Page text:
There’s a lot going on in the menus and you’ll spend plenty of time in them. They are well organized and laid out… well, if you’re playing on a PC. I have not played the PC version but it seems like they just copied and pasted with no attempted to revamp the menus for consoles.

It’s not intuitive at all and pressing the touch pad to cycle between menus took me far too long to figure out. To equip an item to the hotbar, you must select the item and then slowly tab down to the highlighted hotbar.

The game knows you are wanting to place the item into the hotbar but does not automatically move the icon down there. On PC it would take half a second to move your mouse but it’s slow on the console. Moving from one side of the menu to the other is just not as simple and quick as it should be.

The real kicker though is that the game was launched on Steam Early Access in 2015 and it’s still so buggy. It kept telling me I was hot and the heat was starting to affect my character so I jumped into the water and suddenly I was too cold. Nothing I did would have me at a normal temperature.

I got my first big kill because the higher level dinosaur chasing me got stuck or clipped into the environment. Once I realized I was no longer being chased, it was easy to see that it was stuck and I attacked where it could not strike back.

There are a number of graphical issues, especially at night. There were a few frame dips but many times at night with a torch the framerate dropped to the low teens. The pop in has been improved but it still happens and shadows flashing in and out at night is all too common.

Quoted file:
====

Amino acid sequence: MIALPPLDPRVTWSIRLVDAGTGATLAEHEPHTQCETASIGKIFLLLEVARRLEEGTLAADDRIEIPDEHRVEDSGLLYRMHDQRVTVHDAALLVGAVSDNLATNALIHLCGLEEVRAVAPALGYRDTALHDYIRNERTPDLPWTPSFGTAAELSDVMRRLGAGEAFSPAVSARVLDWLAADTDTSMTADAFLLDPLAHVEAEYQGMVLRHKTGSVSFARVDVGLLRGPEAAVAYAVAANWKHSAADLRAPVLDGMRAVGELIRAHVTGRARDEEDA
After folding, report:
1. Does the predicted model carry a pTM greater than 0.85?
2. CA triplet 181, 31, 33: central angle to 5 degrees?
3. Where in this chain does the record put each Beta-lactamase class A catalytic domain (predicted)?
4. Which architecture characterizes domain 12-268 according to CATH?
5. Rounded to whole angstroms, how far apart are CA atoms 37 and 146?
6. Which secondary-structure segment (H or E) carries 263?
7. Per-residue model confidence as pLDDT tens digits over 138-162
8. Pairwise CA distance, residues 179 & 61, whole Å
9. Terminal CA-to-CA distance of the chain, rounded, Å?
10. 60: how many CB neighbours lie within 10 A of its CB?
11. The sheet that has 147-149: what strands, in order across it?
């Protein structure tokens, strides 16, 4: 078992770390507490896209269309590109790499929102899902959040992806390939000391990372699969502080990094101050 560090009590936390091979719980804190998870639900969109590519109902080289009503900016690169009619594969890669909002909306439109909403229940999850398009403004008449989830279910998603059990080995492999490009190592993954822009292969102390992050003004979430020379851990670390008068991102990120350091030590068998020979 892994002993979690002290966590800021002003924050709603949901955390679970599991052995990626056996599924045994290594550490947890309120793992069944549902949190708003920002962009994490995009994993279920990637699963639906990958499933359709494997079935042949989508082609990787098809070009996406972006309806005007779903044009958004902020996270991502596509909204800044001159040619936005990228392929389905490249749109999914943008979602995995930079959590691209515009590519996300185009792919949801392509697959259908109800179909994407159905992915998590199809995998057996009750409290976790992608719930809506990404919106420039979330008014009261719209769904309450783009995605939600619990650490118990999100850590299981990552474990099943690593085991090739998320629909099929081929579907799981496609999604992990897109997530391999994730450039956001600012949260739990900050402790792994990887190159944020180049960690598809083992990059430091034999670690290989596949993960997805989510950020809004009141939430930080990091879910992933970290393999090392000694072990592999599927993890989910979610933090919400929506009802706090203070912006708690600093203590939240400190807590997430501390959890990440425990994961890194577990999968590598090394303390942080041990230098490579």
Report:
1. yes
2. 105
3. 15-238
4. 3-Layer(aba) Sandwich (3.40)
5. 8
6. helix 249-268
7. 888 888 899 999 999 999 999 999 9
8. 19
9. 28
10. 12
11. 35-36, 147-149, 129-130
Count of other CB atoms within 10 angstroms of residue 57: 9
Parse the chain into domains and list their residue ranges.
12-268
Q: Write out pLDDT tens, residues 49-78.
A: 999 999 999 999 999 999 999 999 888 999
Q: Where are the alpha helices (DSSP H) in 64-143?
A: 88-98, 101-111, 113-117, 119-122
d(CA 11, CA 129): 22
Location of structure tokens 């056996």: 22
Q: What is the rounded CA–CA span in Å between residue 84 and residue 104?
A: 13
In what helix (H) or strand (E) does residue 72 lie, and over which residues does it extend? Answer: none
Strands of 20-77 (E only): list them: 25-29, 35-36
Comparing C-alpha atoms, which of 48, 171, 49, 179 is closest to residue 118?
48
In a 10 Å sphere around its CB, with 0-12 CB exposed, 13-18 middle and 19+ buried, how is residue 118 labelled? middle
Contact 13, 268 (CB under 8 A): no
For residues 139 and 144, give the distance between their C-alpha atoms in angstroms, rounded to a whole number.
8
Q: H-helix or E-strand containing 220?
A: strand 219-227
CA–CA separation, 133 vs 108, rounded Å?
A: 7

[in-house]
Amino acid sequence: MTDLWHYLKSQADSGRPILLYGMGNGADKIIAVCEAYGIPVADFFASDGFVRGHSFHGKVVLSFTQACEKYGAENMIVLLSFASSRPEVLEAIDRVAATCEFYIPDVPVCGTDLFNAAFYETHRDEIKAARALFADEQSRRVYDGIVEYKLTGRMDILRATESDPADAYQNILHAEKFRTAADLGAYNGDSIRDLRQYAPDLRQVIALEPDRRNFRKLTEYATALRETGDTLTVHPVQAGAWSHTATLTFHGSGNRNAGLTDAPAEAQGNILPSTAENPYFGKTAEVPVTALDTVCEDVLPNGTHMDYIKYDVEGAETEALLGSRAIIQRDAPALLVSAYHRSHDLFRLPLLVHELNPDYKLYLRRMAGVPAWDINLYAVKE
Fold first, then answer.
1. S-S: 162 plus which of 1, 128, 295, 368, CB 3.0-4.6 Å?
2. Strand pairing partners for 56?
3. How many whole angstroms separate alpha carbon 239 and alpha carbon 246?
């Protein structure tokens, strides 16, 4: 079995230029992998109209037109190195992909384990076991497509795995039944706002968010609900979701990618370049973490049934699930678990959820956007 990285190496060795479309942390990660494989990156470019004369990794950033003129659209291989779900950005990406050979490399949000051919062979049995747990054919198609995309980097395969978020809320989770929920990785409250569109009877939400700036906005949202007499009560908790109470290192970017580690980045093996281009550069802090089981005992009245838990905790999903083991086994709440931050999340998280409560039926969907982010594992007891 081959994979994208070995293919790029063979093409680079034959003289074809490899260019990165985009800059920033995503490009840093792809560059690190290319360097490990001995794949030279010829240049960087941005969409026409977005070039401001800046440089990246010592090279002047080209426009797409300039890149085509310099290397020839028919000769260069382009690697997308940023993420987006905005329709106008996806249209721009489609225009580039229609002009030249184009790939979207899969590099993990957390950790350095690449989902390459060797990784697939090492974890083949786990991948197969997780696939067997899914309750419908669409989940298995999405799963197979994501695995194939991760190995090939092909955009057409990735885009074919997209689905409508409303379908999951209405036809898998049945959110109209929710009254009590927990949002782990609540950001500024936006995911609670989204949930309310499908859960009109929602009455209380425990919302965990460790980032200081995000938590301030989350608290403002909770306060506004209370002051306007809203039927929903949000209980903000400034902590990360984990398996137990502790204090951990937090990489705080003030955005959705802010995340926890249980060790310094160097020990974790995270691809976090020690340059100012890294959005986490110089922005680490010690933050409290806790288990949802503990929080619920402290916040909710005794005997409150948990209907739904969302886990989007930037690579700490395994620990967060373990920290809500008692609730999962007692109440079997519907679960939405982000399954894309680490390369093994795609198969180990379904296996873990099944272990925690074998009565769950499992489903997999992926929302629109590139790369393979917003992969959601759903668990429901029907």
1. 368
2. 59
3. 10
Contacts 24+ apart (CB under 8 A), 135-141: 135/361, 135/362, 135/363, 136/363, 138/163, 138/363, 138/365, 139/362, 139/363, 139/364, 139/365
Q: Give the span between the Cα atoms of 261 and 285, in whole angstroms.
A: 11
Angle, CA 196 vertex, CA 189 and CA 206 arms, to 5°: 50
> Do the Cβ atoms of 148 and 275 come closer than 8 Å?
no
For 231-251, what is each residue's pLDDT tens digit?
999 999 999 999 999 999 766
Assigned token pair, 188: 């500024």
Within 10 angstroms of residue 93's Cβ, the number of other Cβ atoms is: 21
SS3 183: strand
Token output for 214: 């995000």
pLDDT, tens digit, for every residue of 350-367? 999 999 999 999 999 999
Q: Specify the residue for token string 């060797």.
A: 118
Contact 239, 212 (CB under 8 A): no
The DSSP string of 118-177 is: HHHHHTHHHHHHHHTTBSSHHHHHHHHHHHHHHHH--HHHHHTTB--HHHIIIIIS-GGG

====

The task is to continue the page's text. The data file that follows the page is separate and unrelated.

Even if all the glitches went away and there was a smooth framerate, I just don’t like the way the environment looks by torchlight. I cannot explain why, it just bugs me.

The audio is a little shallow. With so much gathering and crafting, it seems like all I heard was the grunt from swinging a pickaxe or rustling when gathering from a plant.

There are people who will never play this game with anyone else and that’s perfectly fine. Most everything can be done on your own but some of the major events late in the game will be harder and take longer.

I ignored PvP servers completely and stuck with PvE servers. For those who will want to interact with others, I recommend a server with a medium population. Servers that were close to maximum population had no free areas to build near the water and some early resources were harder to come by.

From my experience, grouping together was more fun in theory than in practice. There’s no easy way to communicate in game as most people are not using mics. If you’re not grouping up with a friend, the best way is to just find someone and tag along.

ARK: Survival Evolved is pretty rough around the edges. There’s potential for a great game here but needs a lot of work to flesh it out.

There’s no tutorial, too many graphical issues, and other bugs. There are memorable one-of-a-kind moments but they require too much grinding to get to them.

Even if many of these issues were addressed, this isn’t a game for everyone. For those who are interested, play on PC if you can. Not only to avoid navigating the menus with a controller, but also to take advantage of the large modding community. In a game like this, mods can make a huge difference.


* All screenshots used in this review were taken directly from the game using the Share functionality on the PlayStation 4.



Written by Matt Engelbart

Matt Engelbart

I love all things video games. When I am not gaming I am watching the Kansas City Chiefs and Royals, BBQing, and reading.